colleges. Knowing the emergency plans of community establishments (e.FEMA. school.gov). Additional information on preparedness plans is available through the Federal Emergency Management Agency (http://www.. and day care) you and your family frequent will better assist you in developing your own preparedness plan. 6 .What other information will help me with my preparedness plan? Find out about emergency plans for places where you and your family spend time. work.g.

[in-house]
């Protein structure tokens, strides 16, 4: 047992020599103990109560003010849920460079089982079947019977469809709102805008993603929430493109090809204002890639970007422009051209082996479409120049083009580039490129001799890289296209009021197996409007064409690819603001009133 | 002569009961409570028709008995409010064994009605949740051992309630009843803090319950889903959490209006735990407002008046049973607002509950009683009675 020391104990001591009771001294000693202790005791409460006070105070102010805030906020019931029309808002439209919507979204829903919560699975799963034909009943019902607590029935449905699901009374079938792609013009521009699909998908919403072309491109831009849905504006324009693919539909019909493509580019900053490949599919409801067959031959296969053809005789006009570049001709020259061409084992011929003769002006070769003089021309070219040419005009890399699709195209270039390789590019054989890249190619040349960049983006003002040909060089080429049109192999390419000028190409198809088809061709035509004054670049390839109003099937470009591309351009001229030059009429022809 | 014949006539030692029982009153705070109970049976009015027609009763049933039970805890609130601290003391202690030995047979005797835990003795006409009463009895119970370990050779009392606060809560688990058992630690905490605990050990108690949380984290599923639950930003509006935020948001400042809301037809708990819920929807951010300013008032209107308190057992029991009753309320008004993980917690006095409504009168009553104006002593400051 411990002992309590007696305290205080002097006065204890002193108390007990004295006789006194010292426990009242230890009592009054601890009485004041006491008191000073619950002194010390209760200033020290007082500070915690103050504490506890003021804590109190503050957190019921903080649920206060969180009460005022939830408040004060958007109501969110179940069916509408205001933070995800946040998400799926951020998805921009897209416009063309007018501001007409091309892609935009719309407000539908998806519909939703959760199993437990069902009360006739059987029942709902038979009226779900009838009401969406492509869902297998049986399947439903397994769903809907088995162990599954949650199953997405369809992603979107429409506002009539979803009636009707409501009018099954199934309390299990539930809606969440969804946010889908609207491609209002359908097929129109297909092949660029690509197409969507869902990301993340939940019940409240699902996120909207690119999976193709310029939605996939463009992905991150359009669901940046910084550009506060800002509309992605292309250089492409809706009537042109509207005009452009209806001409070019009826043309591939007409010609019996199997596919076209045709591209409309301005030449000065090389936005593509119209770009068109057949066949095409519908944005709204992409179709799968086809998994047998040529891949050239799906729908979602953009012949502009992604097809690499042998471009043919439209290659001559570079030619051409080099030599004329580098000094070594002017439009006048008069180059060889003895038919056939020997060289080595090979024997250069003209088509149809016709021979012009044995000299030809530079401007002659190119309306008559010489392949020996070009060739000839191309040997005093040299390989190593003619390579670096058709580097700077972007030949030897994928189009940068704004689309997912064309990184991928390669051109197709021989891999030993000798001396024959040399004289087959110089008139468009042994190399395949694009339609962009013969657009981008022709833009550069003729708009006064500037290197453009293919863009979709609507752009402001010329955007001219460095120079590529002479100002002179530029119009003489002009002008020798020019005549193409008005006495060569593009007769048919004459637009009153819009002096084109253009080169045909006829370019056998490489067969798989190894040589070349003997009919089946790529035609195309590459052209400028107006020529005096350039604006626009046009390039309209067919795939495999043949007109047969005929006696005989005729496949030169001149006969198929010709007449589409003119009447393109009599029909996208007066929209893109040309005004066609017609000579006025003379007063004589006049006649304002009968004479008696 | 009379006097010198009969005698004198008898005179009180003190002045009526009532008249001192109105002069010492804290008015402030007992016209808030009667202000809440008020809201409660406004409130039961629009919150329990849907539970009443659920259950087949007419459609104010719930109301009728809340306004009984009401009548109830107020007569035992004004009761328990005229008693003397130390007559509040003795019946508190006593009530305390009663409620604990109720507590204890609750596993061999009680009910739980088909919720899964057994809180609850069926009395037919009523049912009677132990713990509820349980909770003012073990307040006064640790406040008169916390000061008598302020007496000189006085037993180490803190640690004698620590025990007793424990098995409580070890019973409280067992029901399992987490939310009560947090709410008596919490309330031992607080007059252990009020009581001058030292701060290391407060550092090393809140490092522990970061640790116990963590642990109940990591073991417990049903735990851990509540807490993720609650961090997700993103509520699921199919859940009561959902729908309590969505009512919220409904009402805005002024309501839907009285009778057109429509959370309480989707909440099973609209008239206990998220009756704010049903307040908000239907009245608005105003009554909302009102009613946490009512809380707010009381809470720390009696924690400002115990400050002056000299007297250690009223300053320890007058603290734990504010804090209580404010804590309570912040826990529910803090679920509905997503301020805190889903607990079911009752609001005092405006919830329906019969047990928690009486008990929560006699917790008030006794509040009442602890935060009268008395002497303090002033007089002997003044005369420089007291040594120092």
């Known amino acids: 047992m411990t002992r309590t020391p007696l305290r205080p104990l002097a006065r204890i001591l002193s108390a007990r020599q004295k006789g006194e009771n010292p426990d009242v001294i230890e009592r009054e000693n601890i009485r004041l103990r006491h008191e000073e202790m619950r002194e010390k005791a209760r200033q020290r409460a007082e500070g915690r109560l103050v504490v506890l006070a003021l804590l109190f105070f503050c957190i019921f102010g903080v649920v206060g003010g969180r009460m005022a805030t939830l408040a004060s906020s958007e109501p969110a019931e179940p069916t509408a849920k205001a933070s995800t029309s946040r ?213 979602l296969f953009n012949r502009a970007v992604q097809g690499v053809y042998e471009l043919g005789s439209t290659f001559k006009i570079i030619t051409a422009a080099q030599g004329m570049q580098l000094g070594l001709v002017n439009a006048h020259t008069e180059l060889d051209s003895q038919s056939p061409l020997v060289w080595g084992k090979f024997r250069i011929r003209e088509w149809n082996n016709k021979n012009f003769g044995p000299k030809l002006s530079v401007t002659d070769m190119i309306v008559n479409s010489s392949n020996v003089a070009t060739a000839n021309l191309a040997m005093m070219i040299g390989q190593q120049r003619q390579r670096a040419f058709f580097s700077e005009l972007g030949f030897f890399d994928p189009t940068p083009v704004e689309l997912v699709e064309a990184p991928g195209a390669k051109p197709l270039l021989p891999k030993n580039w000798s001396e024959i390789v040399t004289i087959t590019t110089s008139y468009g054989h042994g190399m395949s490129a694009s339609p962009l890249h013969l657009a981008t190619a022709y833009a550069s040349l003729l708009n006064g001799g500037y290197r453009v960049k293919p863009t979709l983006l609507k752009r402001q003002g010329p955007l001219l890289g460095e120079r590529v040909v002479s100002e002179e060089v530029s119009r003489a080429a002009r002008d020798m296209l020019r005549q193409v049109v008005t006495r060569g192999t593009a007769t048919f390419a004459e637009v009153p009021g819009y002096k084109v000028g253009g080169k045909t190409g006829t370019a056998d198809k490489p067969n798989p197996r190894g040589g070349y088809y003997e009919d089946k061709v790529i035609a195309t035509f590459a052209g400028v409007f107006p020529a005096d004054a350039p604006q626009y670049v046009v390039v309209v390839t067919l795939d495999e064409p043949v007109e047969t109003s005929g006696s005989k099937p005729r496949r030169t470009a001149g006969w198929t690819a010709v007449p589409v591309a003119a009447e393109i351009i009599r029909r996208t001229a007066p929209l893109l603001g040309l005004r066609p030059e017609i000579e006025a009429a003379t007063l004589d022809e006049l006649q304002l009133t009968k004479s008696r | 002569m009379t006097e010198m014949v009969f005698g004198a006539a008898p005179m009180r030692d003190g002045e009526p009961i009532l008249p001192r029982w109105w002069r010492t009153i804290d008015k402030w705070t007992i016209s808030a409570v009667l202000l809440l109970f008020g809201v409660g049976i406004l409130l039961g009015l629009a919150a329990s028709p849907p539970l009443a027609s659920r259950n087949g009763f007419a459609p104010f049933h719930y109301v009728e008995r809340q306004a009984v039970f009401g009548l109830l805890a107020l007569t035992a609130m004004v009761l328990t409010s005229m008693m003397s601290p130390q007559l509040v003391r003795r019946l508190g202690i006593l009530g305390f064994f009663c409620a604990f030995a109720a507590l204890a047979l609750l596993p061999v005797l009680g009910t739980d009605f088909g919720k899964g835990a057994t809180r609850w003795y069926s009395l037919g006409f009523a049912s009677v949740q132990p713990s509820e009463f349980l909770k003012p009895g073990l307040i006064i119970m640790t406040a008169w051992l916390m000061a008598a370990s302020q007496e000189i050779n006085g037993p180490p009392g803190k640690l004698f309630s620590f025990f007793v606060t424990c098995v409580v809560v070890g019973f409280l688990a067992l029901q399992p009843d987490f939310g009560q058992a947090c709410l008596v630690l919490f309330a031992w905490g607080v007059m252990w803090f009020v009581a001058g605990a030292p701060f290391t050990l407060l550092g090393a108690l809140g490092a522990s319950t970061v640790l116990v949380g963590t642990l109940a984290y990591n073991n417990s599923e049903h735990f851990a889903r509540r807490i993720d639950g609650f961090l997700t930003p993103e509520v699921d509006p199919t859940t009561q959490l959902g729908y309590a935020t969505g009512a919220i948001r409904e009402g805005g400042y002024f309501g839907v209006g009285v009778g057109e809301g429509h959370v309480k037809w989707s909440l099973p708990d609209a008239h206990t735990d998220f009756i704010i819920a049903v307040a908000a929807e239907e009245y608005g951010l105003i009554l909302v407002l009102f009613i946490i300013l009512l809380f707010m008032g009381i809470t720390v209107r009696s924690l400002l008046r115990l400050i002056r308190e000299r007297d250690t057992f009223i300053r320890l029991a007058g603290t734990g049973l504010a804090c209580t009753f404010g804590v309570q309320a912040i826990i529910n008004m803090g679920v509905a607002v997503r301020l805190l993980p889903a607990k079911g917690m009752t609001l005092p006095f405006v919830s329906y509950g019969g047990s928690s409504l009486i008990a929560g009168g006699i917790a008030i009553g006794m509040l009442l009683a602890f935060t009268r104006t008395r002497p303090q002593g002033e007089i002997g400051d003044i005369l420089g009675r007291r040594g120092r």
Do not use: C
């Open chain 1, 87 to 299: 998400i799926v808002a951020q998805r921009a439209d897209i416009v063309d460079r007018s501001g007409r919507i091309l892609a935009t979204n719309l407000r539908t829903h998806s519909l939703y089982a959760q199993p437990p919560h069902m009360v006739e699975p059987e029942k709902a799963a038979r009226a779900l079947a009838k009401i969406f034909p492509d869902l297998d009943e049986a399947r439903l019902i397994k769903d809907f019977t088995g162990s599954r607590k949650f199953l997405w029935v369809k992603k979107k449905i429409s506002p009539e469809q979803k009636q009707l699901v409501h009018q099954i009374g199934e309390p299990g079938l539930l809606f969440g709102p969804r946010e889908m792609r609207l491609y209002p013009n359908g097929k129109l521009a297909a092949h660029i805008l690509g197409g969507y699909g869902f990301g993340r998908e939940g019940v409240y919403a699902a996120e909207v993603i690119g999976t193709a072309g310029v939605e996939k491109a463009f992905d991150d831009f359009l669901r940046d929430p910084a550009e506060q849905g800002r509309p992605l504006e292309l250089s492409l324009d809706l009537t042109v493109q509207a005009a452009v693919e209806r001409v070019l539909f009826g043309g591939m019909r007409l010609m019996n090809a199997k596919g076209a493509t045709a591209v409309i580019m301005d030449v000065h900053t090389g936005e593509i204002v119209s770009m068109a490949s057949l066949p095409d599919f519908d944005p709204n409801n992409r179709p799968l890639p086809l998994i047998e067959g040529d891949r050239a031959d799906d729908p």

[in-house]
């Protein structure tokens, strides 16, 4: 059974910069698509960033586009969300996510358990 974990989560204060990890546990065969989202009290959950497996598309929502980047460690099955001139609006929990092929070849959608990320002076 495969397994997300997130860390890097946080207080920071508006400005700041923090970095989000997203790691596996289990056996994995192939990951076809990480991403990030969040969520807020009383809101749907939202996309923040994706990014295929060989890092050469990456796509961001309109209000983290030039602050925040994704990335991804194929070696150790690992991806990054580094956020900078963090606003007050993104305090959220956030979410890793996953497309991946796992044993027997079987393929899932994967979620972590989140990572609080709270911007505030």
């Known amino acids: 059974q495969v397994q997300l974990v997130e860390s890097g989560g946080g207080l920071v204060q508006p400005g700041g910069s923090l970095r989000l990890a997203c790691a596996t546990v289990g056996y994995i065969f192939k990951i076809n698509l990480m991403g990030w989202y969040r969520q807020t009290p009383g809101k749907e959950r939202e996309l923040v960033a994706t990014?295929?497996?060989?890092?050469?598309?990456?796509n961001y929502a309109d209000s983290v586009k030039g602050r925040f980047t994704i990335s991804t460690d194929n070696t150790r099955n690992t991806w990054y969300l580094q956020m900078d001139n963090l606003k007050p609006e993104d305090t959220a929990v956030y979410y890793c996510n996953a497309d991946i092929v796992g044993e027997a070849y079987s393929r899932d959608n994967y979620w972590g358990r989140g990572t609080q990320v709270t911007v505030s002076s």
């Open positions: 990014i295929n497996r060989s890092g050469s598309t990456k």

long-distance lines. Knowing which hazards are prevalent in your area will help determine your plan of action. 1. Pick two places to meet. Hazards come in all shapes and sizes. Know Your Mission: Develop Your Plan Discuss what to do during an evacuation. In an emergency. Your evacuation procedures for a fire may be different from those for a hurricane or a tornado. When an emergency occurs. You can start this process by reviewing the information you collected in the first section. local telephone service may be disrupted. Everyone must know the addresses and phone numbers of those locations. Discuss the types of hazards that are most prevalent in your area and identify what you will do in each case. It is important to plan and account for pets and family members with special needs. 7 .” The out-of-area contact is one of the most important concepts in your emergency plan.2 Now that you have learned about what can happen and how your community is prepared to respond to emergencies. Plan to take care of your pets. you will be concerned about the welfare of your loved ones. it is time to develop your family preparedness plan. Outside your neighborhood in case you cannot return home. 2. Evacuations can be very stressful and chaotic. because they are routed many different ways out of your community. However. Right outside your home in case of fire. may be open. Ask a friend or relative to be your “out-of-area contact. Make sure each family member understands his or her responsibilities. Your out-of-area contact should serve as a point of contact for anyone trying to reach you during an emergency or a way to ensure that members of your family are safe and accounted for in the event that you all get separated.